For Farrer, studying environmental science came with a deep existential dread. After spending the first post-college months applying for jobs, she now works at the California Academy of Sciences. Every day, she thinks about the future of the planet. She does her best to live sustainably, but doesn’t think we can get by.
While the United States represents 4% of the world’s population, it accounts for 12% of all the waste produced in the world, according to a report 2021 from the advocacy organization Environment America.
“It’s unfair to everyone because we often send our waste overseas, especially our recyclables.”
Before going to college, Farrer used to bring certain types of recycling to her high school, as she knew that not all types could be recycled at home. While taking Garbology, she learned that the system wasn’t working as well as she thought.
Plastic is difficult to recycle because there are so many different types, and many of them cannot be melted together. Paper can only be recycled five to seven timesaccording to the EPA.
“In the past, I viewed it as an individual effort and everyone should do their part,” says Farrer. “And then, learning more, I realized that the best thing I could do was probably to do less waste. I sometimes feel hopeless. I feel sad. I feel frustrated. Lost. Definitely angry, but sometimes full of hope.”
Right now, our planet is in the middle of the sixth mass extinction, because a large part of the distinct species die. She thinks that even if humans wipe us out, life will come back. At least, that’s what happened after the previous five mass extinctions.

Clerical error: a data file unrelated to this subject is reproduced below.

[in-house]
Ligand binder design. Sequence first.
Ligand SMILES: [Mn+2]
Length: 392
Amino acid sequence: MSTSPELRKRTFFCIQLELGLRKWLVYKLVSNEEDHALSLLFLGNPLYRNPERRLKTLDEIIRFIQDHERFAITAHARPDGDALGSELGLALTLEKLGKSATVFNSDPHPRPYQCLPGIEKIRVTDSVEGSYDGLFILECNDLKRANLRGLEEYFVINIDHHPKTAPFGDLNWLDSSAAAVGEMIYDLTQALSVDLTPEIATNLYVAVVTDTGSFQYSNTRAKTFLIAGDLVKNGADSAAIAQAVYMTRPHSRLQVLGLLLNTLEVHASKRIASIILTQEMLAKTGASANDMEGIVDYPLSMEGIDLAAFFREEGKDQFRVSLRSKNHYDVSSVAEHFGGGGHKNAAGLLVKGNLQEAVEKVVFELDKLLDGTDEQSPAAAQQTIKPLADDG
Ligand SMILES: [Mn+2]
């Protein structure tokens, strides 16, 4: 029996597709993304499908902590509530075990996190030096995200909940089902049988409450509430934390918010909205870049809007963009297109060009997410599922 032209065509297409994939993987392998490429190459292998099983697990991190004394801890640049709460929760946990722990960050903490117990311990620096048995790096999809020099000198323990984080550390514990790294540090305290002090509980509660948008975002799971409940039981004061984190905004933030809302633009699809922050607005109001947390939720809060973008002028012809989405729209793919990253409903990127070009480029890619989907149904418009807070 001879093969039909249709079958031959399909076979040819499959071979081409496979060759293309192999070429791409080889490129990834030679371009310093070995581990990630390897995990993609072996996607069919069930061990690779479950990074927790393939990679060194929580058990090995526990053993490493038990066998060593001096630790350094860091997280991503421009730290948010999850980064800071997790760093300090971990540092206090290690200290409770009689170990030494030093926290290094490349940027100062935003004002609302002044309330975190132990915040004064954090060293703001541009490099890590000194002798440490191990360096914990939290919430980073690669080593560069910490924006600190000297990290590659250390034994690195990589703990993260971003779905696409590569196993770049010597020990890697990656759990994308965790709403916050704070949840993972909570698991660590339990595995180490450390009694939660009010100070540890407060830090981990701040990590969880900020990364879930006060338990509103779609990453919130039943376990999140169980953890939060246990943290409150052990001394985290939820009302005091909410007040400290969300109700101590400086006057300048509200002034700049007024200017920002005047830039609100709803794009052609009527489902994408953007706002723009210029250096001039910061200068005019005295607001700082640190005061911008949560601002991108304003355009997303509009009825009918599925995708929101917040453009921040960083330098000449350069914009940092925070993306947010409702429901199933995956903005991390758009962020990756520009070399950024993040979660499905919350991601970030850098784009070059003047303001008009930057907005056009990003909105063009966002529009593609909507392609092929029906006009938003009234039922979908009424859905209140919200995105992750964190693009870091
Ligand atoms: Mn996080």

“There will be life on this planet in the future. I just won’t be around to see it thrive,” Farrer says.
But before accepting this as fate, things can be done here and now. At the individual level, people are not good at recycling properly. Professor Hughes has seen nappies, greasy pizza boxes and unrinsed yoghurt pots in the recycling bins. Most plastics, like the shells containing the berries, aren’t even recyclable in many cities.
“All of this reduces the quality of the contents of these recycling bins,” says Hughes. “And sometimes those just have to go straight to the trash.”
Claire Parchem graduated from Santa Clara University in 2016, but still remembers a project where she discovered that menstrual pads were worse for the environment than tampons – due to the amount of material they contained. use. After taking the course, she became addicted to waste and got an internship at Waste Management. Today, she is responsible for the startup AMP Robotics, which programs AI-driven robots that sort waste from recycling.
“It’s like this triangle with a suction cup on it,” says Parchem. “He moves almost like a spider. He’s so fast in the way he attacks the recycling and puts it in the different boxes.”
Despite the temptation to be pessimistic about the future of the environment, students say Professor Hughes keeps things exciting and positive.
“It feels like a mountain of terror,” says Oli Branham-Upton, a junior who took Garbology in 2022. “But I think classes like this that are specific enough to cover a certain dimension of things that we can control in the crisis climate, are important.
After graduating, Branham-Upton hopes to work at the intersection of racial and environmental justice.
“At the end of the course, I want the students to be uplifted,” says Hughes. “I want them to know that there are visions for us to move towards a cyclical society.”